Some Remarks on Polarity Items


 Thomasine Chapman
 1 years ago
 Views:
Transcription
1 Some Remarks on Polarity Items Manfred Krifka Department of Linguistics University of Texas at Austin Austin, Texas This article is concerned with Negative and Positive Polarity Items (henceforward NPIs, PPIs). In the first chapter, I give an overview of the phenomenon, using examples from different languages. In the second chapter I summarize the two main lines, of explanations which have emerged to explain the distribution of NPIs, the first based on syntax, the second based on semantics. Finally, I will develop a theory of NPIs and PPIs, drawing mainly on the semantic approach. Among other things, I introduce the notion of polarity lattices as ordered sets of alternatives to polarity items, develop a recursive notion of polarity items, and explain the distribution of polarity items in assertions, directives and questions. 1. Polarity Items and Universal Grammar 1.1. The Phenomenon of Negative Polarity Items In many languages, there is a set of expressions which typically occur in a specific class of contexts, most prominently the scope of negation, and therefore called NEGATIVE POLARITY ITEMS (NPIs). The following sentences should exemplify some typical NPIs in the scope of negation: He hasn't seen any students. *He has seen any students. He hasn't ever been to Yemen. *He has ever been to Yemen. She didn't lift a finger to help him. *She lifted afinser to help him. It's not worth a red cent. *It's worth a red cent. The (b) sentences in these examples are either ungrammatical, or have a literal meaning quite distinct from the idiomatic reading of the (a) sentences, or might be used as a denial of an immediately preceding negated sentence, or could be used ironically (all these cases are marked with a '*' in this article).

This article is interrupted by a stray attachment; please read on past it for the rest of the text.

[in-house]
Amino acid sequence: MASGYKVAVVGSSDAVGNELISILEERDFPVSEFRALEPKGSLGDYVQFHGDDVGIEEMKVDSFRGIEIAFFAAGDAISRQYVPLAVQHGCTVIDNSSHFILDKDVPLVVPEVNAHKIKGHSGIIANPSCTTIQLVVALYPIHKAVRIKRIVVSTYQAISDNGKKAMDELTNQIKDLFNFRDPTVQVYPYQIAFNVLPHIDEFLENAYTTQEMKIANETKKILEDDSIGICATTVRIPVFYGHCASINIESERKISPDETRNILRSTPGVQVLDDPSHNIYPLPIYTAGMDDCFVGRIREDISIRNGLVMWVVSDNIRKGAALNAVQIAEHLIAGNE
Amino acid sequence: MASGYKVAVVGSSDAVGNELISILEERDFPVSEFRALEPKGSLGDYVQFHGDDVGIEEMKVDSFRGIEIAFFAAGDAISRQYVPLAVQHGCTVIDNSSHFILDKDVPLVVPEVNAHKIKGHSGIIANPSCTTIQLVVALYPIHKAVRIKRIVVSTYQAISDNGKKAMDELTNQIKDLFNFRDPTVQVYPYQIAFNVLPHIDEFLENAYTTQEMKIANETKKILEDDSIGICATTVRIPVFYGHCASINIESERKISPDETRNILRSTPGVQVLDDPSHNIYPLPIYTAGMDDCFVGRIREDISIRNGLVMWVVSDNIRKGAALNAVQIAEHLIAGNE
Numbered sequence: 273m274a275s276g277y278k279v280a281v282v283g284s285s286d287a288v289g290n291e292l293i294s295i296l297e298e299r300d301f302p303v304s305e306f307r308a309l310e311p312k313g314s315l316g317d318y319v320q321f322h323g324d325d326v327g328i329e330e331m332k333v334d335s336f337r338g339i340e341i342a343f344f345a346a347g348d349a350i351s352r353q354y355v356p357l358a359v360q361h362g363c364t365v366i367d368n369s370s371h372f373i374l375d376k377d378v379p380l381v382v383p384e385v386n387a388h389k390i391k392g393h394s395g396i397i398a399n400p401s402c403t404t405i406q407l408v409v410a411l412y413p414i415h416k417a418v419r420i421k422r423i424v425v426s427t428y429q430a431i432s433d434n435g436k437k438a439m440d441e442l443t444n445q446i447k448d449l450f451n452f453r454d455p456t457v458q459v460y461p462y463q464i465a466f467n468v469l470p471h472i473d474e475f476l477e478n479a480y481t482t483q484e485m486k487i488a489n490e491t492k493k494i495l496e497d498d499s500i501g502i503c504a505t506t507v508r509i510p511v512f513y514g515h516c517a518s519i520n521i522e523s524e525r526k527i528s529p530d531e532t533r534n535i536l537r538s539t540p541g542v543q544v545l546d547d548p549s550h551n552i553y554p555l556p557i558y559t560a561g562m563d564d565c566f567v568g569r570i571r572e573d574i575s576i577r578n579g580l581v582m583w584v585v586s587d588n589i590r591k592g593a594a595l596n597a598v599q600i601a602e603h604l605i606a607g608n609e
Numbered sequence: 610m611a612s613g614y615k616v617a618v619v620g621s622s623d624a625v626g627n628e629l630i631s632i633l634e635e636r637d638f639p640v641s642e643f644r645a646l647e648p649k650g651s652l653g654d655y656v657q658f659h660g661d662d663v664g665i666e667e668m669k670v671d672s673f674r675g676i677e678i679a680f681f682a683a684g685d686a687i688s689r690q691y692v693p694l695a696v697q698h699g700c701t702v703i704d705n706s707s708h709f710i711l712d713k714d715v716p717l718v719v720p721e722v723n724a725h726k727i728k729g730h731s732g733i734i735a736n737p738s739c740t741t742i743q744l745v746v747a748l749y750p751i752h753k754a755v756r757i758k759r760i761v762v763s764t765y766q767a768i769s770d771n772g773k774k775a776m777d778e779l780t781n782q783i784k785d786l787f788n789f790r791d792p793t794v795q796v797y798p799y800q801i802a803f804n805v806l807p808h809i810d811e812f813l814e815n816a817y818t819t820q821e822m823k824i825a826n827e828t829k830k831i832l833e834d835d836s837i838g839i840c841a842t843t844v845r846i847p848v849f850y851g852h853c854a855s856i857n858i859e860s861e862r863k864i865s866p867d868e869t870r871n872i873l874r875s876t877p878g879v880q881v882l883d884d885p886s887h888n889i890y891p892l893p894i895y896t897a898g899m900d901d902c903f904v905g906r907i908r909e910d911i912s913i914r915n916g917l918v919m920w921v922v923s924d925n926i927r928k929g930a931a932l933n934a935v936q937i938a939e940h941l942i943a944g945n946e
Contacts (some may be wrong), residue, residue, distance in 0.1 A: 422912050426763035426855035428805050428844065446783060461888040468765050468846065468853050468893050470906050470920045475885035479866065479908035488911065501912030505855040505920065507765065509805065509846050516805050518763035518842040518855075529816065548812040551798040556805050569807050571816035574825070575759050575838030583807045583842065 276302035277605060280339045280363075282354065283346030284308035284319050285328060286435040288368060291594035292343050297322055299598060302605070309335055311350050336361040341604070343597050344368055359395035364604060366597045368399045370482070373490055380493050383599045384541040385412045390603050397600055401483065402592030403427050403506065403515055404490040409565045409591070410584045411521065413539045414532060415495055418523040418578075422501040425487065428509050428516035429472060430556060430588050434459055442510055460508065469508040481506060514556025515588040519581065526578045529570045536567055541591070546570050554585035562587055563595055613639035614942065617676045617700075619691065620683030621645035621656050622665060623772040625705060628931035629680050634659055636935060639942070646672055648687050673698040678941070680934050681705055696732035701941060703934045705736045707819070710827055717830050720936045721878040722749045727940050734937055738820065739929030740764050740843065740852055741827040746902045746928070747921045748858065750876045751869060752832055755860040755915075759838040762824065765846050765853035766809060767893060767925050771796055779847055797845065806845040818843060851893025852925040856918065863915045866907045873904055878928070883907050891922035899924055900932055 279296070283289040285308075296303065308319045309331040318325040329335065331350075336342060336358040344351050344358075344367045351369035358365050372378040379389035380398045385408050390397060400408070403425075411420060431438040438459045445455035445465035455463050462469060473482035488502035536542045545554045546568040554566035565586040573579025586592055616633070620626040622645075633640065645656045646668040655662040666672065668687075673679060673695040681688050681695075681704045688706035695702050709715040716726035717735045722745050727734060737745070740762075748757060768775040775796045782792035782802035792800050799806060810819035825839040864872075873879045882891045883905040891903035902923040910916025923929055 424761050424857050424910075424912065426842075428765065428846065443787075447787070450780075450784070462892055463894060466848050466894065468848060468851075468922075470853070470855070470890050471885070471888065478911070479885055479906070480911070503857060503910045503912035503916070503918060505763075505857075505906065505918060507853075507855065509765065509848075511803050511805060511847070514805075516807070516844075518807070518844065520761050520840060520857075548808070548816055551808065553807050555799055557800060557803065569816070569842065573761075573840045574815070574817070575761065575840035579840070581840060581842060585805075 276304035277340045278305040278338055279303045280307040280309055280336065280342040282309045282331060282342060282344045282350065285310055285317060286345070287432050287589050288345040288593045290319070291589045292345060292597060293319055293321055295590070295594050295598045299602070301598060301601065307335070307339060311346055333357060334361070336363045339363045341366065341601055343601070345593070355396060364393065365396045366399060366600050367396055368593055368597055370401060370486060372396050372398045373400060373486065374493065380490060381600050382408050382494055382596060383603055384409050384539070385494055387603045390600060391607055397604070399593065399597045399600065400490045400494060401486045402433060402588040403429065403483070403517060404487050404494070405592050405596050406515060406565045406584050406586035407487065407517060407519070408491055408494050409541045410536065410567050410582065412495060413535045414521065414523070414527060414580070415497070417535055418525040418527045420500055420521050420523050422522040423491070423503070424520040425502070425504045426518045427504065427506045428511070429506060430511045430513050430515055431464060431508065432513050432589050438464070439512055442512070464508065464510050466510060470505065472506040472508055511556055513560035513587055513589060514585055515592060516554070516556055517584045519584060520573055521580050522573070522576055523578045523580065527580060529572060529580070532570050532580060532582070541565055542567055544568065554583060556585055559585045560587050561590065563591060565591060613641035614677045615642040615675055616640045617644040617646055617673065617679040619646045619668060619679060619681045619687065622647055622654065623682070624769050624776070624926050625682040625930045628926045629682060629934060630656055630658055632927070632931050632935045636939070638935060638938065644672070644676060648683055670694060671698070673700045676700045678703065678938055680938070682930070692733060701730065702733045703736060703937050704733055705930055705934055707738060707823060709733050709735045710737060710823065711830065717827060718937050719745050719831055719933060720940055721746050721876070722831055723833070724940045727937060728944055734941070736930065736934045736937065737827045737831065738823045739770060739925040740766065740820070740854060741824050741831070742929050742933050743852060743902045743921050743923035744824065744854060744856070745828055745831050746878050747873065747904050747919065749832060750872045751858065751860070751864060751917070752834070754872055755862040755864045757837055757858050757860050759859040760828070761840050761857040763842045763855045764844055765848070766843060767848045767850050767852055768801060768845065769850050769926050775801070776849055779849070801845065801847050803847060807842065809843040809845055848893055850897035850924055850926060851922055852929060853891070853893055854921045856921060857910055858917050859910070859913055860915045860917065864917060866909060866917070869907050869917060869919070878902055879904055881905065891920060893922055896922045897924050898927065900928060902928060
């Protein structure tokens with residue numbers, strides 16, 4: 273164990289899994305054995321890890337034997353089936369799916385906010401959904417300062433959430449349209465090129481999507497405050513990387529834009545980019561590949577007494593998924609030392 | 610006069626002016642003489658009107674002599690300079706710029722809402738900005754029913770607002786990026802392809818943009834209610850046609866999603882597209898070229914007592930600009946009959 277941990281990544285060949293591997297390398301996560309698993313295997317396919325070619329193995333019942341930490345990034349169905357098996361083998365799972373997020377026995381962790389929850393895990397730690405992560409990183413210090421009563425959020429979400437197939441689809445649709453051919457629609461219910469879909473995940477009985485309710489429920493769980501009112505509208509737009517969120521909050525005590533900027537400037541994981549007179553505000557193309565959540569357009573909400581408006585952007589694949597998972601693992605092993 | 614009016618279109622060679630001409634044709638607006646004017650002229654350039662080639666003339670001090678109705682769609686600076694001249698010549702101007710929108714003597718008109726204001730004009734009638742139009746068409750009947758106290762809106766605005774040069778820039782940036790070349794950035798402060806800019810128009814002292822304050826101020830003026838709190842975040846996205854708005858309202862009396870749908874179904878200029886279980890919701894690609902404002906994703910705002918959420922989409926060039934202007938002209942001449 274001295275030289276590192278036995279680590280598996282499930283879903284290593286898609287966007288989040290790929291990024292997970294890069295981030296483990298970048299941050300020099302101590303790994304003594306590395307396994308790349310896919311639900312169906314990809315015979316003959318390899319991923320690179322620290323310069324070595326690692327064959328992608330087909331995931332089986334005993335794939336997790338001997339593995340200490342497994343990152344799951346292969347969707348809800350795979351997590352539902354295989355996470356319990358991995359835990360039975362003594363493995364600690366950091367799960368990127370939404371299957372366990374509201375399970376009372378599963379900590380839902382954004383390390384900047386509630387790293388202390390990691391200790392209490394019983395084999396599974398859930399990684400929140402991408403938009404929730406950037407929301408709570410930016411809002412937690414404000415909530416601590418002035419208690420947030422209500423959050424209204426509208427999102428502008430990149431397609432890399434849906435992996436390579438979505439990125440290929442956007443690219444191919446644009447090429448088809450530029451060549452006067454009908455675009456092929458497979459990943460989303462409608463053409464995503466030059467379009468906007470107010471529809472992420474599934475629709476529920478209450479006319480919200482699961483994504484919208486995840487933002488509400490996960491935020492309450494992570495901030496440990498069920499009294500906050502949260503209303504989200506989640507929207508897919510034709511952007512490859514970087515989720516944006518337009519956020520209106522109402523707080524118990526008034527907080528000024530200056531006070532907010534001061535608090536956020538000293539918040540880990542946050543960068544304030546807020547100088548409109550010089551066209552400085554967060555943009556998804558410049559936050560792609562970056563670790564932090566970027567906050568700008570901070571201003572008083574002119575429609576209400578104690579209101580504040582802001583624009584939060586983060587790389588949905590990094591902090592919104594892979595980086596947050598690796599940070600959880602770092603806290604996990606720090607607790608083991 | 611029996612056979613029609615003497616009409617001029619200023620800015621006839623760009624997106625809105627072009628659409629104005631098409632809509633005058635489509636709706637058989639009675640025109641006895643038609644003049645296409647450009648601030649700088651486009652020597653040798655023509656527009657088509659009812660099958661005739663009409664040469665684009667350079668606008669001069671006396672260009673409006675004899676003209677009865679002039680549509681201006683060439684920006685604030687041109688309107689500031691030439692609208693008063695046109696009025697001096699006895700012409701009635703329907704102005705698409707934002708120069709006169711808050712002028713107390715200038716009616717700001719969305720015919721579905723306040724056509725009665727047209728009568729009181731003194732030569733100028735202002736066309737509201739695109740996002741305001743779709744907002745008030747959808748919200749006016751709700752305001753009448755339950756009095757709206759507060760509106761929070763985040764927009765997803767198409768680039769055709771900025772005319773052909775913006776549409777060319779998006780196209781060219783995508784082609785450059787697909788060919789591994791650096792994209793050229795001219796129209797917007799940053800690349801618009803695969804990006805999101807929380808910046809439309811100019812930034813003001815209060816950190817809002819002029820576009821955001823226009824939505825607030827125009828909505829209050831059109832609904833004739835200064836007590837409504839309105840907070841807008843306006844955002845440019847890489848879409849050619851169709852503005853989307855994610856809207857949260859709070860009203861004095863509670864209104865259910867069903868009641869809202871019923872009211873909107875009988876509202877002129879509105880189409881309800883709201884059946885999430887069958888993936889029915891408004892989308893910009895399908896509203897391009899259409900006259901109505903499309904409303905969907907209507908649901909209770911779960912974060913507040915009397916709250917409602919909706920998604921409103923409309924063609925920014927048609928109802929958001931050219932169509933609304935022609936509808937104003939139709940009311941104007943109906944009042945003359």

2 SOME REMARKS ON POLARITY ITEMS 15 1 NPIs seem to occur in many, possibly all, languages. To give just two examples, one from a nongermanic language, French, and one from a non IndoEuropean language, Igbo (West Africa, Kwa): (5) a. Je n'ai pas compris un trattre mot. I didn't understand a single word' (lit: a treacherous word) b. 11 y avais pas un chat. 'There was no soul there' (lit: no cat) (6) a. inyi AmAghi onye 6bula n'kbe i. we know.neg person any here 'we don't know any person here' b. inyi mi onye (*6bula) n'ebe i. we know person (any) here As far as I know, there is no study which takes into account a wider range of languages. Also, it is difficult to get information about NPIs in grammatical descriptions of particular 1ang~a~es.l Besides for English, there are detailed studies for Dutch (Zwarts 1981, Hop penbrouwers 1983) and German (Welte 1975, Kurschner 1983), and some information about Japanese can be found in McGloin (1976). However, it is wellknown that the marking of negation in some languages is a grammaticized construction with a negative polarity item. This holds, e.g., for French, were negations like ne...p as or ne...p ersonne contain something like an NPI as second part. This also holds for German, where for example nie 'never' can be traced back to Old High German ni (negation) + io 'ever', and nicht 'not' to ni + wiht 'a little'. There is another class of items, which seems to behave in the opposite way  namely, POSITIVE POLARITY ITEMS (PPIs), also called AFFIRMATIVE POLARITY ITEMS. Examples are already, rather, and bags of money. (We will neglect PPIs for a while, but return to them in chapter 3.) (7) a. Bill has already arrived in Munich. b. *Bill has not already arrived in Munich. (8) a. John has bags of money. b. *John doesn't have bags of money. This article will be based mainly on German and English data. The following list exemplifies a larger set of German NPI expressions; many more can be found in Welte (1975) and Kiirschner (1983).